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Wednesday 21 February 2018

Irish farmers slam EU trade deal with Canada

Under the Canada deal, an extra 50,000 tonnes of beef a year will be allowed on to the EU market, tariff free, from 2022. REUTERS/Francois Lenoir (BELGIUM)
Under the Canada deal, an extra 50,000 tonnes of beef a year will be allowed on to the EU market, tariff free, from 2022. REUTERS/Francois Lenoir (BELGIUM)

Sarah Collins

Irish farmers have joined the ranks of those criticising a beleaguered EU trade deal with Canada.

A delegation from the Irish Farmers' Association (IFA) travelled to Brussels last week to ask the EU to reconsider duty-free access for beef under future trade deals.

They say the Canada deal, and potential draft deals with the US and the South America Mercosur bloc of countries, will flood the EU with beef it doesn't need, eating into Ireland's export share.

Under the Canada deal, an extra 50,000 tonnes of beef a year will be allowed on to the EU market, tariff free, from 2022.

Ireland's beef exports last year amounted to 500,000 tonnes, half of which went to the UK.

But the IFA has warned that European beef consumption is falling and says the EU needs to do more to protect its farmers, particularly from products that don't meet its high standards.

EU agriculture commissioner Phil Hogan is to launch an EU dairy promotion programme
EU agriculture commissioner Phil Hogan is to launch an EU dairy promotion programme

It is not clear how much beef will be allowed into the EU under the draft US and Mercosur deals, though the European Commission will publish a "cumulative impact assessment" on farmers of all its trade deals next month.

The IFA says Mercosur countries - particularly its biggest beef producer, Brazil - fail to meet EU standards on traceability, animal health and welfare, hormone use and environmental controls.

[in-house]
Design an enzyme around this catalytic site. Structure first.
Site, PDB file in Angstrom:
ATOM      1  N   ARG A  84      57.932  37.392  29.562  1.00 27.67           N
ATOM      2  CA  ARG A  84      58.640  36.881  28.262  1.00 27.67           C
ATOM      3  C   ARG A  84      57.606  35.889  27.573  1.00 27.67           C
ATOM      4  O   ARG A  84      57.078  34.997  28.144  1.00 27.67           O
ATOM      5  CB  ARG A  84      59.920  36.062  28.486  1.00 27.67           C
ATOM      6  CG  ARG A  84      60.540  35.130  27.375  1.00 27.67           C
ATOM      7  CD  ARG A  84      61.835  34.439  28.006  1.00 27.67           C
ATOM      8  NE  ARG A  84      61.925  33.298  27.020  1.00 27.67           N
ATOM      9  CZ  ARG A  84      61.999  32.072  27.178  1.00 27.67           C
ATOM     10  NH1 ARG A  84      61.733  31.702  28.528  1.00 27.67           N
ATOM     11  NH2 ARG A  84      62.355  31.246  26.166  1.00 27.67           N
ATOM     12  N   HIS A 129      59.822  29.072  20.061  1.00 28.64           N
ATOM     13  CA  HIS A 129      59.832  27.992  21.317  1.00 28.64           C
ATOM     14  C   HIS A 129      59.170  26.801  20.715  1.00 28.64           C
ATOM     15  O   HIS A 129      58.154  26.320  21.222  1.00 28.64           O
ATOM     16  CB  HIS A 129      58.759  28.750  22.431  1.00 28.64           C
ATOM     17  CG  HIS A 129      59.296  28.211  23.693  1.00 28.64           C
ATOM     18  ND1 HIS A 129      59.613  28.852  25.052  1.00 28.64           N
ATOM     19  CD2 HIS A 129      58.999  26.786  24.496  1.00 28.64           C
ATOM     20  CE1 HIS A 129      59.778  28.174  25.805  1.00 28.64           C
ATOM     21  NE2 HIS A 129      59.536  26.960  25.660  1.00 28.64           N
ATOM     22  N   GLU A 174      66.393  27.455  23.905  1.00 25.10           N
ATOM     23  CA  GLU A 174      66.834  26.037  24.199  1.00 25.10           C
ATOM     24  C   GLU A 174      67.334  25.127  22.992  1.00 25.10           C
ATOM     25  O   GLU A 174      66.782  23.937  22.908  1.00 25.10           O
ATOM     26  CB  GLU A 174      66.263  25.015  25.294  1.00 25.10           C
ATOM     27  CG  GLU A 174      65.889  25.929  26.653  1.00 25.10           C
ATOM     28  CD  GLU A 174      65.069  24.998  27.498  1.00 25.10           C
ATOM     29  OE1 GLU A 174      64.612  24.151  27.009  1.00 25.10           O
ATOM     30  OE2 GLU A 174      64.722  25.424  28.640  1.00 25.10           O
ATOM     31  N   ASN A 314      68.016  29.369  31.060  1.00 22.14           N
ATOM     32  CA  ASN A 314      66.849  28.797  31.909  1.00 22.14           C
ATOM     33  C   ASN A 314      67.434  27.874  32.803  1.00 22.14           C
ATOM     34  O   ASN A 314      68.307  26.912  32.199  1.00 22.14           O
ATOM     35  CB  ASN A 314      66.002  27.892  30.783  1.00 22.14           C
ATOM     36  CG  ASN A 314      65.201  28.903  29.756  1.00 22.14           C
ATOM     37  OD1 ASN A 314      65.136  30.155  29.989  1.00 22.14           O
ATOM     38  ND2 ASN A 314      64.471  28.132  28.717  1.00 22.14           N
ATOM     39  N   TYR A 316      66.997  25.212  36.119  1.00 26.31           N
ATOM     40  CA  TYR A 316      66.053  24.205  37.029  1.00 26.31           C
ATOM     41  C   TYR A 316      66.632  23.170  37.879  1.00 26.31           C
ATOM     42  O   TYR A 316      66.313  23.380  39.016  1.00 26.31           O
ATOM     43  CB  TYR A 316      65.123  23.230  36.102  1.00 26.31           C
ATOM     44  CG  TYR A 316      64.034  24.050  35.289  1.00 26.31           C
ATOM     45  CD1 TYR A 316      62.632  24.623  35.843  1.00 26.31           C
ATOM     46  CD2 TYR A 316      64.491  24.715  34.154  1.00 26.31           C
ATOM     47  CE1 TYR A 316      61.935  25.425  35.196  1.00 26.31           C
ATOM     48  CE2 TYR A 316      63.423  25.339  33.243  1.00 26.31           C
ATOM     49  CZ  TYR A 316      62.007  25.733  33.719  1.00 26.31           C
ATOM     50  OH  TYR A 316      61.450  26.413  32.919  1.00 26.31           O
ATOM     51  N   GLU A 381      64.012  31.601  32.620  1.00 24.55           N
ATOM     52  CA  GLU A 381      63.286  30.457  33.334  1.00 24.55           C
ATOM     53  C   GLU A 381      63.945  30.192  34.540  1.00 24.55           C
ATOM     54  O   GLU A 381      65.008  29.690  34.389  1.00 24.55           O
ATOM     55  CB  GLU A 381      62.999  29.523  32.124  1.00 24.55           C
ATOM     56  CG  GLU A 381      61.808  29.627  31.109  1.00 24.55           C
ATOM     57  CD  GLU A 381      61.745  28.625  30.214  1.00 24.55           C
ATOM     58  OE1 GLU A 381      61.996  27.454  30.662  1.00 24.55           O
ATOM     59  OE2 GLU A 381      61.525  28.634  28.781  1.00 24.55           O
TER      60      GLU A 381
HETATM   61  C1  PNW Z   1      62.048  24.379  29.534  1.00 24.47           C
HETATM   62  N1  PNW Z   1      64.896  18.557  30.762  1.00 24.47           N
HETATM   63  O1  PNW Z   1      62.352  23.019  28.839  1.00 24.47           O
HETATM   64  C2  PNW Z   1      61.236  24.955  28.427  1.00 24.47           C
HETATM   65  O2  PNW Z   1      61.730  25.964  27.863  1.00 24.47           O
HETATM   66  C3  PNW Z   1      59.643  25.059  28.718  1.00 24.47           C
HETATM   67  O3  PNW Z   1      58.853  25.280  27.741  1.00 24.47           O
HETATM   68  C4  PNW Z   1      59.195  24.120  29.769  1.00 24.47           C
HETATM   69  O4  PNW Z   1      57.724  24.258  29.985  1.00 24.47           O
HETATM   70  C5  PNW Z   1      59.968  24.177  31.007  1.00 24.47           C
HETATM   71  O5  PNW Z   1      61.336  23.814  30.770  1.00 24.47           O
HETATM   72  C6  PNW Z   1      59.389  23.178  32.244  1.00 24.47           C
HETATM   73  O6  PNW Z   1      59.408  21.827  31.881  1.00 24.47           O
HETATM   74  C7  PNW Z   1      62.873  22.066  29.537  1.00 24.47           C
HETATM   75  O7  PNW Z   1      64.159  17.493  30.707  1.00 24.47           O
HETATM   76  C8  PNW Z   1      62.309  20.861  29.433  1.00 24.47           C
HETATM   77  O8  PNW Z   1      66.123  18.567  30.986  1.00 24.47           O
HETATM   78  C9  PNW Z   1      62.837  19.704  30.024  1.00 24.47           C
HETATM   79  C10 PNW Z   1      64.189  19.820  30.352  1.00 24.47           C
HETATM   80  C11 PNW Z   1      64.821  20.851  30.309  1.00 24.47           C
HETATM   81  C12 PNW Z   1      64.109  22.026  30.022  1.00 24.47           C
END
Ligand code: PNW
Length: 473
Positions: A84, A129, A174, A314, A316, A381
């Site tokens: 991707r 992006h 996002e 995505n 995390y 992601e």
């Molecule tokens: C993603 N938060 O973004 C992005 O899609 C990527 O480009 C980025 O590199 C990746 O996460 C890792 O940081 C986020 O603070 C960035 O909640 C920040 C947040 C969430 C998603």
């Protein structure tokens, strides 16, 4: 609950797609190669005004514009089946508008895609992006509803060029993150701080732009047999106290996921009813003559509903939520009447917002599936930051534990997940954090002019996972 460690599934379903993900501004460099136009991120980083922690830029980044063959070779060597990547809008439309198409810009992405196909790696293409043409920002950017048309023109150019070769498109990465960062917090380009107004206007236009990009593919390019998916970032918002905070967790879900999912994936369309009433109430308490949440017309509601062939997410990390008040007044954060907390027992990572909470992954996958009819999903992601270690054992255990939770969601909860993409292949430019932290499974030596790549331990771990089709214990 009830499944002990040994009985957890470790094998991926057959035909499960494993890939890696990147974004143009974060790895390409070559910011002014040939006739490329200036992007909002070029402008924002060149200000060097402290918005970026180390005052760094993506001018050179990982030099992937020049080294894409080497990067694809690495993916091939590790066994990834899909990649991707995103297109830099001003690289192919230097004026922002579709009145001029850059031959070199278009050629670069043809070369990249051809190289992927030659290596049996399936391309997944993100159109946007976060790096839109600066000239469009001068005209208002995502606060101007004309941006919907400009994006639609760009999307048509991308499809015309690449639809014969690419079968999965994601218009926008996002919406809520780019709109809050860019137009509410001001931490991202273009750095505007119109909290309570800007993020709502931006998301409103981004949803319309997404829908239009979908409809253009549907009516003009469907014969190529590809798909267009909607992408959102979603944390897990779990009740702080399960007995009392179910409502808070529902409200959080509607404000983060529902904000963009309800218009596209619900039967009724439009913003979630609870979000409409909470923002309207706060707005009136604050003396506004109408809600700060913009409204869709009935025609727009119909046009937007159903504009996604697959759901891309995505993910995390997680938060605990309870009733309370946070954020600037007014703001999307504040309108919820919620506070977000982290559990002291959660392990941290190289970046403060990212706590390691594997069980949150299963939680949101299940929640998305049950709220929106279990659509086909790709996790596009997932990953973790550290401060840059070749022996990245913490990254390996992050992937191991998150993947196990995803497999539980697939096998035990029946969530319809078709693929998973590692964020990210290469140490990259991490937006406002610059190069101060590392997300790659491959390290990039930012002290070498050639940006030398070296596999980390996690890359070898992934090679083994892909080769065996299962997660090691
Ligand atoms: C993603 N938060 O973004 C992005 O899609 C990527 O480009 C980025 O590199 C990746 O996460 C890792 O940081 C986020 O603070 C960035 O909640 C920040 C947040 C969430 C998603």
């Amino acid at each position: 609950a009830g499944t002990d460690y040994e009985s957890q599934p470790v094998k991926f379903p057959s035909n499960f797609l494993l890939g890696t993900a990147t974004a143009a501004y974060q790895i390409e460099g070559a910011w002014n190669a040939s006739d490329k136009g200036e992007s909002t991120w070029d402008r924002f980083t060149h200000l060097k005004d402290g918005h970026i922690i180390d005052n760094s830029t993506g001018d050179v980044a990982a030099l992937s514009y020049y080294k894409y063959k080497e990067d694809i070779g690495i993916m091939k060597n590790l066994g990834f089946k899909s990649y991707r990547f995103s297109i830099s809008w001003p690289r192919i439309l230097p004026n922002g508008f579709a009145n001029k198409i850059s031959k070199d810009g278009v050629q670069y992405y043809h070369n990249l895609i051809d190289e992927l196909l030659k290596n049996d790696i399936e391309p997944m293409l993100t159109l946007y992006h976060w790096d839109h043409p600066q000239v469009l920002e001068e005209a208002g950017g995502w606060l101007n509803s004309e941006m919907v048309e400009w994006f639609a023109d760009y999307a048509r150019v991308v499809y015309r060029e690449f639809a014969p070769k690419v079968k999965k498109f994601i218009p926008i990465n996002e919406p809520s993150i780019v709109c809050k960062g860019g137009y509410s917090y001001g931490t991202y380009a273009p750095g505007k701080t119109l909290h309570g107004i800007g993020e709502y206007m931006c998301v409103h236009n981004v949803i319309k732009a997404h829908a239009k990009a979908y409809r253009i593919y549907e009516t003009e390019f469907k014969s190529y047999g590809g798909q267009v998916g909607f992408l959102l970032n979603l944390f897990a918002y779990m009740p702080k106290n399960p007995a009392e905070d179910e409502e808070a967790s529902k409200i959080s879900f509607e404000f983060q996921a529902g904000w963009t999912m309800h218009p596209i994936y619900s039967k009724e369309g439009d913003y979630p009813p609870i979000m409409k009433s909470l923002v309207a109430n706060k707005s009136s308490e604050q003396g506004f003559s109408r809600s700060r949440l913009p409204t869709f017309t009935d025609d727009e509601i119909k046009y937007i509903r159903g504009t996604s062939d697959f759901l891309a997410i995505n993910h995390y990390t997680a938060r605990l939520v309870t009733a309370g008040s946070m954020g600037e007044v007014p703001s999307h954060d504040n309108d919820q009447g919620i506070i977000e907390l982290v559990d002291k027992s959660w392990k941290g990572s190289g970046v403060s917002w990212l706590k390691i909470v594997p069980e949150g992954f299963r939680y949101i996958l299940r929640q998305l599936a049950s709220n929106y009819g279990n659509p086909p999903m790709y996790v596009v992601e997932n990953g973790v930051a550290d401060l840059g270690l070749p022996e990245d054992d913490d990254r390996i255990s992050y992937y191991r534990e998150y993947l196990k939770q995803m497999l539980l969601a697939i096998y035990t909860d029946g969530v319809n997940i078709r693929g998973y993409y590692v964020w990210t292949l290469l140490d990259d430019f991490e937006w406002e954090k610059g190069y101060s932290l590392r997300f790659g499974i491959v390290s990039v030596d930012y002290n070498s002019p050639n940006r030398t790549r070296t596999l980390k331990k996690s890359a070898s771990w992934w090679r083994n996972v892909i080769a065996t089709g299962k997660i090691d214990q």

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"A Mercosur trade deal would be unequivocally negative for Irish and European agriculture and would particularly damage Ireland's important beef sector," it said.

They want beef, sheep and pig meat designated as sensitive products and duty-free access to EU markets limited or eliminated under future trade deals.

EU agriculture commissioner Phil Hogan is to launch a promotion programme for EU dairy, pigmeat and beef products, to alert consumers to their "high quality and sustainability".

The IFA visit came the same week the Canada deal was vetoed by Belgium's French-speaking region of Wallonia over fears it will dilute the bloc's labour, safety and environmental standards and hand multinationals too much power to sue governments.

The Belgian parliament can't give the go-ahead for the deal until Walloon parliament reverses the veto - unlike Dáil, which is not hamstrung by the Seanad's rejection of the deal earlier this month.

The EU wants to sign it at a summit with Canadian premier Justin Trudeau on Thursday, and is optimistic that it can still get Wallonia on board despite the breakdown in talks last week.

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